The quiet boom in heavy-duty trucks
Orders for big rigs are up, and momentum should continue into next year.
The growth thesis for heavy-duty-truck sales continued to play out in May. Net orders climbed by 84% from May of 2009.
That thesis says truck sales should boom in late 2010 and into 2011 as truck owners, who have put off buying during the recession, resume purchases driven by growth in shipping volumes, new government rules that require reduced pollution, and improved engine technology that increases performance and lowers operating costs.
More than 50% of orders for Class 8 trucks placed in May are scheduled for delivery in the third quarter, just in time to beat the surge in volumes that comes with the peak fall shipping season, according to ACT Research.
In June, this analyst of truck and commercial vehicle markets increased its forecast for heavy-duty-truck production in 2010 by 23% over 2009 levels. (All this assumes, of course, that the U.S. economy keeps chugging along. For more on the latest forecast on that front -- from the International Monetary Fund on Thursday -- see my post).
Orders for medium-duty trucks (Classes 5-7) were also up in May -- by 33% from May 2009. Orders for these classes of trucks have been growing more slowly than for heavy-duty trucks, because end markets among home builders and highway construction contractors have been very slow to recover from the recession -- and in many areas of the country aren't showing any signs of recovery at all.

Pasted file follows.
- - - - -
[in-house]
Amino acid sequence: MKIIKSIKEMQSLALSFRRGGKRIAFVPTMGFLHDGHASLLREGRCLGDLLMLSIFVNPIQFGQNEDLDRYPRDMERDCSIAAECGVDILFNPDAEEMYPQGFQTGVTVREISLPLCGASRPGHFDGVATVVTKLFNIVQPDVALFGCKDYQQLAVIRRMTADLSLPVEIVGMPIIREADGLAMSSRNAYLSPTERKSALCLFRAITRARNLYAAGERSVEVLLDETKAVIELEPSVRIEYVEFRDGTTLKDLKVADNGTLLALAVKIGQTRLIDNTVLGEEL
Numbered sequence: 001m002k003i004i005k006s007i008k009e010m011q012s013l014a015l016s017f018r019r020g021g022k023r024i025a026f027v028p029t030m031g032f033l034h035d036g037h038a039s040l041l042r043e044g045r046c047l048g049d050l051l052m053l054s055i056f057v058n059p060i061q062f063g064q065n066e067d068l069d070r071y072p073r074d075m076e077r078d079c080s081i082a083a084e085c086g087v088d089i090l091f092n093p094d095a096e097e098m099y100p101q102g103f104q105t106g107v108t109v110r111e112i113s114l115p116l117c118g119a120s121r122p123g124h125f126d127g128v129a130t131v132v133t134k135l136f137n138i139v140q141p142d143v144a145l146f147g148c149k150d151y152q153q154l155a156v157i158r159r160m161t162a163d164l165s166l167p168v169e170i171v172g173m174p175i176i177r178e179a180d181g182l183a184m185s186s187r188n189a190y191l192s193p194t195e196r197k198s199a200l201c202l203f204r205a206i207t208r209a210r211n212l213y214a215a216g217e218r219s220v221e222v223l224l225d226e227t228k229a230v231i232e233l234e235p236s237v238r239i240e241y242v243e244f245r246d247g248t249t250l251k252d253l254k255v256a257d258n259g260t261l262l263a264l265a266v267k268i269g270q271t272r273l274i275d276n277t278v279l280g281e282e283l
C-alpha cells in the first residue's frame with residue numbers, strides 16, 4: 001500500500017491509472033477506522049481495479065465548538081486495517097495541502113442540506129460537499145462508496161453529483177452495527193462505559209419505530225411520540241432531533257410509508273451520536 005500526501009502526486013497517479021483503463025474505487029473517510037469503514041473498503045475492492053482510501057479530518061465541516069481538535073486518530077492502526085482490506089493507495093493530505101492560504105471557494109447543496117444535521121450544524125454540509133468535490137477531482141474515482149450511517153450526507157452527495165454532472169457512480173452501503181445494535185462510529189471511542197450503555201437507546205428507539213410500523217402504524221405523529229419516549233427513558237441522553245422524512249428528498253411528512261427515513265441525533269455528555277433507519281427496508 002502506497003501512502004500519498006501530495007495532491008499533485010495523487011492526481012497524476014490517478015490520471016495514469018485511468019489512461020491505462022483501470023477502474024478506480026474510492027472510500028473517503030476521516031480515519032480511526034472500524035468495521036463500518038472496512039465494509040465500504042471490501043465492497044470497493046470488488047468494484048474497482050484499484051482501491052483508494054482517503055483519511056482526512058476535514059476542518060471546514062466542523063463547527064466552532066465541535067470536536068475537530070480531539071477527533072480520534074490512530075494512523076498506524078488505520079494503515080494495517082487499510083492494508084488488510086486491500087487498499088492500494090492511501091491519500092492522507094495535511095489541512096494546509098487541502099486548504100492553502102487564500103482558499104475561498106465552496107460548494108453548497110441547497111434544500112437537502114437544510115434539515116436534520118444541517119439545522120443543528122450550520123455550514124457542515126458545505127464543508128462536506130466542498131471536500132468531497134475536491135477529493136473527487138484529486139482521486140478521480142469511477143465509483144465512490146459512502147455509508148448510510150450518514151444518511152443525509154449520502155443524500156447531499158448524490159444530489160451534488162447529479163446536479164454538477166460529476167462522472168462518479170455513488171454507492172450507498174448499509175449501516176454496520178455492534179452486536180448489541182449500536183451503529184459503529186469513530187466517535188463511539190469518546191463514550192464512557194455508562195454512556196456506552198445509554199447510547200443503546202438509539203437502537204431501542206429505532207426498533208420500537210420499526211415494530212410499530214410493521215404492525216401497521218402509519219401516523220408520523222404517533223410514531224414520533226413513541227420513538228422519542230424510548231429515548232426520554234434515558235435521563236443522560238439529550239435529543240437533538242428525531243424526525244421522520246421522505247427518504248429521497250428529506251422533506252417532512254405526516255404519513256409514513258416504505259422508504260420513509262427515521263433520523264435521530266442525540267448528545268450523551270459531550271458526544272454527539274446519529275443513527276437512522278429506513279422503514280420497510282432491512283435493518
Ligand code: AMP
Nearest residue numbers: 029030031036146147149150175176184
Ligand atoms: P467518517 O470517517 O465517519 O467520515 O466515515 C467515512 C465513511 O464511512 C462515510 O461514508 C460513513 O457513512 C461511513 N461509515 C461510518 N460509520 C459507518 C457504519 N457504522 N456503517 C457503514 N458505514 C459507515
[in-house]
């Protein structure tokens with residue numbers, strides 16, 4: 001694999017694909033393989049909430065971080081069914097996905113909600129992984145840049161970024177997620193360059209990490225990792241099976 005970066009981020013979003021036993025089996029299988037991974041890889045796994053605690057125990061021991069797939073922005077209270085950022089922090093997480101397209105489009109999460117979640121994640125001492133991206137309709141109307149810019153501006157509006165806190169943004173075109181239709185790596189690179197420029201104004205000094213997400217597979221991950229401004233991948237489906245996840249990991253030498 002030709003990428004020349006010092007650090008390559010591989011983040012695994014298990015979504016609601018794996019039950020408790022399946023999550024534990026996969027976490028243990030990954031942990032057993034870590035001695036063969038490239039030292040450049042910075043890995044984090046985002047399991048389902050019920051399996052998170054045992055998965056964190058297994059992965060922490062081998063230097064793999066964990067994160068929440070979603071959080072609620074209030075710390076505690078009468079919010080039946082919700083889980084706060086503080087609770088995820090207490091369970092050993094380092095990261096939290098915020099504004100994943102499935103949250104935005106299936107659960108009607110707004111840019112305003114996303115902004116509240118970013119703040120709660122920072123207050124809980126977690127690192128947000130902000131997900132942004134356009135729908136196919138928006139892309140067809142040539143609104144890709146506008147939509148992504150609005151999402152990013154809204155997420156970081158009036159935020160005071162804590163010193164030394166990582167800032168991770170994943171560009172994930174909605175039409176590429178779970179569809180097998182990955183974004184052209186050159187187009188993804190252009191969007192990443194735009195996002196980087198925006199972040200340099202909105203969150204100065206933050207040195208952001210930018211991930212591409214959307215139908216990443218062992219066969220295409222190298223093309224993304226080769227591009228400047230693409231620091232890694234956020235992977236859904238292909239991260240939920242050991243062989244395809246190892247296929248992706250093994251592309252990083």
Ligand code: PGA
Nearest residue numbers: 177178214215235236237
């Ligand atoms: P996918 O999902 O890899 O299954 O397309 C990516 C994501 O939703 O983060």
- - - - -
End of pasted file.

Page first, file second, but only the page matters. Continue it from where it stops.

Earnings of 87 cents a share would be an increase of 189% from the second quarter of 2009. For all of 2010, analysts are projecting earnings growth of 55% from 2009 levels.
As of Thursday, I'm going to raise my target price a tad to $80 a share by March 2011 from the prior $79 a share by March. It closed Thursday at $68.94.
At the time of this writing, Jim Jubak owned shares of Cummins in his personal account.
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Why are stronger numbers considered bad news? Investors are worried about the impact on inflation and interest rates.
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